A recent study by the Equality of Opportunity Project of Harvard University found that neighborhoods matter — every year a child spends in a better neighborhood increases that child’s income and success as an adult.
In November, the Miami-Dade County Commission helped protect almost 27,000 families with Section 8 vouchers from unjustified discrimination by giving them the chance to move into new neighborhoods.
Under the new ordinance, landlords in the county no longer can refuse to rent to a family because of the tenant’s source of income. “Source of income” means a tenant’s legal and verifiable income, and it includes Section 8 Housing Choice Vouchers, Social Security benefits and Reemployment Assistance, among other types of income.
However, the new law has gone unnoticed by many landlords. Scroll through apartment listings on Craigslist, and many advertisements still include the phrase: “No Section 8.”
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Section 8 is a federal program created to help low-income families, including the elderly and disabled, rent homes in the private rental market. The program is funded by the U.S. Department of Housing and Urban Development and is administered locally by housing authorities. Tenants pay abouy 30 percent their income as rent, and the housing authority pays the remainder.
Vouchers allow low-income families to move into neighborhoods where there are no other affordable housing options. These neighborhoods often have increased economic opportunities, lower crime, improved transportation options and better schools. Vouchers promote diversity of race, ethnicity, and socioeconomic status in our neighborhoods.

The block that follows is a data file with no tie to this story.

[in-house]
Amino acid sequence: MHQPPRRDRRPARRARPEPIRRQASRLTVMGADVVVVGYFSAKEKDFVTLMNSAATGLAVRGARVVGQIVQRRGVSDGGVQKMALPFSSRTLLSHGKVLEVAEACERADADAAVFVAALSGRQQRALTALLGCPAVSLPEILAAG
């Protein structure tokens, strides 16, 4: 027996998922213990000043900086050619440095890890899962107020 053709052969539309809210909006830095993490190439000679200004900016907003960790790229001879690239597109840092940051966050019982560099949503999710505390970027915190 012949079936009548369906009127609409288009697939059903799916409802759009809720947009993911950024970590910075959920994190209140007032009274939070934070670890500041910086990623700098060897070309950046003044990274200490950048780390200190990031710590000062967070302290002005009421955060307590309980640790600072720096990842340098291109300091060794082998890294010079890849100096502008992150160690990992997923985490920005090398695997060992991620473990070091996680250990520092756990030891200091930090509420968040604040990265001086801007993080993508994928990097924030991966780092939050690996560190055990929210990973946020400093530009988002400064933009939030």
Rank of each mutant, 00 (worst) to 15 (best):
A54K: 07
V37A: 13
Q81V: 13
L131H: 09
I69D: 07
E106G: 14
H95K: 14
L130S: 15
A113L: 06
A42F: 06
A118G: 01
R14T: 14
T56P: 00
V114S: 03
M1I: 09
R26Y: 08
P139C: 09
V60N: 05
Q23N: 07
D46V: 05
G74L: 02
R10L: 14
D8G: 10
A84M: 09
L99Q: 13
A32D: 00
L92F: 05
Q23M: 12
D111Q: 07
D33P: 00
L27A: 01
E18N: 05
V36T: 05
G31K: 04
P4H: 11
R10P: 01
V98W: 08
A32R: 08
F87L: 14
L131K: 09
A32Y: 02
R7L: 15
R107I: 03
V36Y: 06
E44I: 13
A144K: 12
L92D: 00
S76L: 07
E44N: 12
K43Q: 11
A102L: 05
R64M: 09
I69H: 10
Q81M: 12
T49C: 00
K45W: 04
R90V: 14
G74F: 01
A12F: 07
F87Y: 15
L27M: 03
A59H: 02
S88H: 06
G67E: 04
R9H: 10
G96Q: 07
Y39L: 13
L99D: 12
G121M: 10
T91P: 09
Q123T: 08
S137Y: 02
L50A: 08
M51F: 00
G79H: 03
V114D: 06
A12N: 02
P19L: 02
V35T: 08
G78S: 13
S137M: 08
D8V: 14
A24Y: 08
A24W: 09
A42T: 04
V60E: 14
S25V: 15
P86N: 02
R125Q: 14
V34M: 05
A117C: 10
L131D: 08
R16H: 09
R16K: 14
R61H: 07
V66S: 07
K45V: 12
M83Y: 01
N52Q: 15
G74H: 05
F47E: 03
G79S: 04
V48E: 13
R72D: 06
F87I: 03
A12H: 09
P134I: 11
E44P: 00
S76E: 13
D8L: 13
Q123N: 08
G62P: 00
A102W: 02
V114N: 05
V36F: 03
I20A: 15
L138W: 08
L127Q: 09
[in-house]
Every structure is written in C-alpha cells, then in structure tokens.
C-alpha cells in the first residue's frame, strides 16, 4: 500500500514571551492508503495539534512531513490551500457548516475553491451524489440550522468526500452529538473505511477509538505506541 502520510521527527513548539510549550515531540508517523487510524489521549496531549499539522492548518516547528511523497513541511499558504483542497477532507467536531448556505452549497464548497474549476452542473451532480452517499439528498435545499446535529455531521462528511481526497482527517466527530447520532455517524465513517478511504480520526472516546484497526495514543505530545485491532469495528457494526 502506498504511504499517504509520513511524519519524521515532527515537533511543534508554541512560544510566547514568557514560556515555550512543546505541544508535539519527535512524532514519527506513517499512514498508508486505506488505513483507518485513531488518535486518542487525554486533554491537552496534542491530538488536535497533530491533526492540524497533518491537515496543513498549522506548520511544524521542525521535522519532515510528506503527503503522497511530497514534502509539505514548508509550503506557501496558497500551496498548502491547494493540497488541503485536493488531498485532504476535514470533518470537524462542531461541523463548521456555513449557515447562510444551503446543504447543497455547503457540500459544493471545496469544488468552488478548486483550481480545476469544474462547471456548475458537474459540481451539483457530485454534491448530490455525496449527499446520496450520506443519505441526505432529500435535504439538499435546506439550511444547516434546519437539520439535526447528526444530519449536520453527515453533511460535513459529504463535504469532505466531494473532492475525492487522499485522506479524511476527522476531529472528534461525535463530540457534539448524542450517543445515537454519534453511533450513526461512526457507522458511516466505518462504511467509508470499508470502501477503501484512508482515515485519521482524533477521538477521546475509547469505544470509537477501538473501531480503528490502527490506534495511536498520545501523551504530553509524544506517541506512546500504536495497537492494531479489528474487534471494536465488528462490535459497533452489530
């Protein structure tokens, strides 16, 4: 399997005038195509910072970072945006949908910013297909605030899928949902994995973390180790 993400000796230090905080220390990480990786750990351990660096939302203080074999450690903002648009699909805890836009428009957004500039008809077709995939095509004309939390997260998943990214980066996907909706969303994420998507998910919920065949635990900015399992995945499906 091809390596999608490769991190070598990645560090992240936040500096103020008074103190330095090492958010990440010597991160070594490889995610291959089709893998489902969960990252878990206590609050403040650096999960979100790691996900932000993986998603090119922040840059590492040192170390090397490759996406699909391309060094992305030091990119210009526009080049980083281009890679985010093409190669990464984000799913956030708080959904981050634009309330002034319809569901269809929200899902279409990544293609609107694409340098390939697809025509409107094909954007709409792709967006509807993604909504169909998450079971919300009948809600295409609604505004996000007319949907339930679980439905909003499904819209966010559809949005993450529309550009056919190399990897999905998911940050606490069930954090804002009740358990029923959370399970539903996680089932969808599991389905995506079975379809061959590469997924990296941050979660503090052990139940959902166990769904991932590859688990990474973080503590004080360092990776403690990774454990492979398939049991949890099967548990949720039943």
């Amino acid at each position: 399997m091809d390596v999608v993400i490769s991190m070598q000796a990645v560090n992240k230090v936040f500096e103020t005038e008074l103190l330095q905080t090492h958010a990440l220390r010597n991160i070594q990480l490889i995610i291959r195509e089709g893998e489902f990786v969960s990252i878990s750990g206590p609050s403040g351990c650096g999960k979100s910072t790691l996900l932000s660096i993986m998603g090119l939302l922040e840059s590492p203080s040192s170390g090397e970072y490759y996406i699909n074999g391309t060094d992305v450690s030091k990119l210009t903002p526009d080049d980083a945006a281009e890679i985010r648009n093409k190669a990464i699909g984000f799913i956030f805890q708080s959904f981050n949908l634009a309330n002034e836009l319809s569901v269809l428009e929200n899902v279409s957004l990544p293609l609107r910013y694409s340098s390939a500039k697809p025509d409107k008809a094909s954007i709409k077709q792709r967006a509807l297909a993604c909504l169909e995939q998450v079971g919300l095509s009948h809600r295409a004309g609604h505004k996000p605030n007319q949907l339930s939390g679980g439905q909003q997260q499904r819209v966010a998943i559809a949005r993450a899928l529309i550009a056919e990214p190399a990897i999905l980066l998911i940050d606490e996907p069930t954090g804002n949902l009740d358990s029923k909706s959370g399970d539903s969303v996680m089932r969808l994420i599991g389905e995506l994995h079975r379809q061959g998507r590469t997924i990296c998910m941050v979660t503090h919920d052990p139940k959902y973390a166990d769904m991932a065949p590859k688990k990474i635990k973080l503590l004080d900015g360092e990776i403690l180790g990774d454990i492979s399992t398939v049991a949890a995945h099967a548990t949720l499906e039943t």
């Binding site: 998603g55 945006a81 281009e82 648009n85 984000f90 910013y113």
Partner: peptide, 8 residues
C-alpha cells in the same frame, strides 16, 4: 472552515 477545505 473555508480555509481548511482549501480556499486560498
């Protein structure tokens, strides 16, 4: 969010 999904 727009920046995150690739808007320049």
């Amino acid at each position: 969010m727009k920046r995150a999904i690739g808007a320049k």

However, many families are shut out of neighborhoods with high opportunity, not because of their suitability as tenants, but solely because the family receives rental assistance from the government. Many landlords categorically deny housing to families with Section 8 vouchers.
When this happens, it is often based upon stereotypes of low-income families.
Unfortunately, it can also be a pretext for other unlawful discrimination based on race or familial status.
When landlords are unwilling to rent to families with Section 8 vouchers, it limits where in the county these 27,000 families can live, it undercuts the purpose of the federal program and often traps these families in areas of high poverty.
By amending its ordinance, Miami-Dade County has joined 12 states and dozens of cities and counties across the country prohibiting discrimination based upon source of income.
We hope that this new protection will expand the housing options for Section 8 voucher holders, improve the lives of low-income families and increase the success of Miami-Dade County’s children.
Jeffrey M. Hearne, director of litigation, Legal Services of Greater Miami
Beverly Virues, Tenants’ Rights Clinic, University of Miami School of Law